BMW R2 — Wikipedia, the free encyclopedia

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BMW R11

BMW R2

Contents

Background [ edit ]


In 1925, BMW introduced the 247cc R39, [ 1 ] [ 2 ] their first single-cylinder motorcycle. The R39 did not sell well and was discontinued in 1927. [ 2 ]

Following the collapse of the Weimar Republic economy during the Wall Street Crash of 1929. BMW’s premier large capacity, expensive motorcycle range was hard hit, with fewer customers able to afford their premium purchase costs. BMW therefore felt the need to introduce a smaller bike into their range, which offered both cheaper purchase costs and less expensive running costs.

The firm also wished to expand their range by making a bike available to riders without a motorcycle licence, which was not required for bikes under 200cc. [ 3 ] This led to the R2’s introduction in 1931 in the form of the Series 1, of which 4,161 units were sold during its one-year production run until the introduction of the improved Series 2A the following year. [ 4 ] It was known as the people’s bike, [ 5 ] [ 6 ] and was priced at 975RM, [ 4 ] compared to 1,750RM for the 750cc flat-twin R11 Series 2 of the same year.

Models [ edit ]

In all models, the 198cc overhead valve four-stroke engine was mounted in a pressed-steel frame. [ 5 ] It featured both sump oil and forced-feed lubrication provided by a geared oil pump, was coupled through a single-plate dry clutch to a three-speed gearbox, [ 4 ] giving a top speed of 95km/h (59mph). [ 4 ] It also used drum brakes, like the larger twin of the BMW range. Power output was rated at 6hp (4.5kW), until the introduction of the British Amal carburetor. boosting the power output to 8hp (6.0kW). The coil electrical ignition system and the generator were supplied by Bosch. [ 4 ] The engine was offset toward the right of the frame, to allow it to drive the rear wheel directly when in top gear. [ 6 ]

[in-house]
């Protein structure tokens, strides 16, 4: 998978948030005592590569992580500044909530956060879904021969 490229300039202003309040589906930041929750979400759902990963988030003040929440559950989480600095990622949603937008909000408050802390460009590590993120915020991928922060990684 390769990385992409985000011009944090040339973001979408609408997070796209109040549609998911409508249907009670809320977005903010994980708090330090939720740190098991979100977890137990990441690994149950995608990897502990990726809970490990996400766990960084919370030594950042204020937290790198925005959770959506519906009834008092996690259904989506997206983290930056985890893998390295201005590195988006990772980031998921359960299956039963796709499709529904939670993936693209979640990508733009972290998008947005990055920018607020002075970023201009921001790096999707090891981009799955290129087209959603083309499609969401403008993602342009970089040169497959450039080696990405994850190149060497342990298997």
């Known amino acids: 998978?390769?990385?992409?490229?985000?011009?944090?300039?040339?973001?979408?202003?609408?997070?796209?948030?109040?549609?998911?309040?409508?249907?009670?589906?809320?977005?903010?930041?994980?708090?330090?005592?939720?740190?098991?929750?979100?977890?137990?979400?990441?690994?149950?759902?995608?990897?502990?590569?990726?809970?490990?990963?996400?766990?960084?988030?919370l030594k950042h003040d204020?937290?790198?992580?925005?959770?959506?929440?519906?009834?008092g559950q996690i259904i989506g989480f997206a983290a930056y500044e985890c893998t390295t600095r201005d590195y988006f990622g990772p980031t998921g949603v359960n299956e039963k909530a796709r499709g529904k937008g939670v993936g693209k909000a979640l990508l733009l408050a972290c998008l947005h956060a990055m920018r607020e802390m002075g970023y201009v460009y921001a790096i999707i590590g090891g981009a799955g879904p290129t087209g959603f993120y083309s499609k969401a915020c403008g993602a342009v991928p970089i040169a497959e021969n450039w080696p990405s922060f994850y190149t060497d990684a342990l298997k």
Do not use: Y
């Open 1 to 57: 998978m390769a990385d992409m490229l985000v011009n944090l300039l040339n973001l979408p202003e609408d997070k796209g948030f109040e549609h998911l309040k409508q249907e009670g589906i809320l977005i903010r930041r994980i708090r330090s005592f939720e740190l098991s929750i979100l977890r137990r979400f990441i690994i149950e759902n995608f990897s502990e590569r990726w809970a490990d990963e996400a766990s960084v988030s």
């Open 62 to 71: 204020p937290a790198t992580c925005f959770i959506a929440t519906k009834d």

Variants [ edit ]

Series 1 (1931): the only model to feature exposed valve springs on the top of the finned cylinder head

Series 2A (1932): the previously exposed valve springs were covered

Series 2/33 (1933): the option of the British Amal (as opposed to the German Sum) carburetor was offered (around 80 units were sold with this specification) and (from June 1933) a friction damper was introduced for improved steering control whilst riding

Series 3 (1934): the Sum carburetor was withdrawn as an option, replaced by the British Amal, which increased the power output from 6 to 8hp

Series 4 (1935): smaller tank and modified headlight

Series 5 (1936): changed ratio of the shaft drive and wider rear fender with license plate holder

BMW R11
BMW R11
BMW R11

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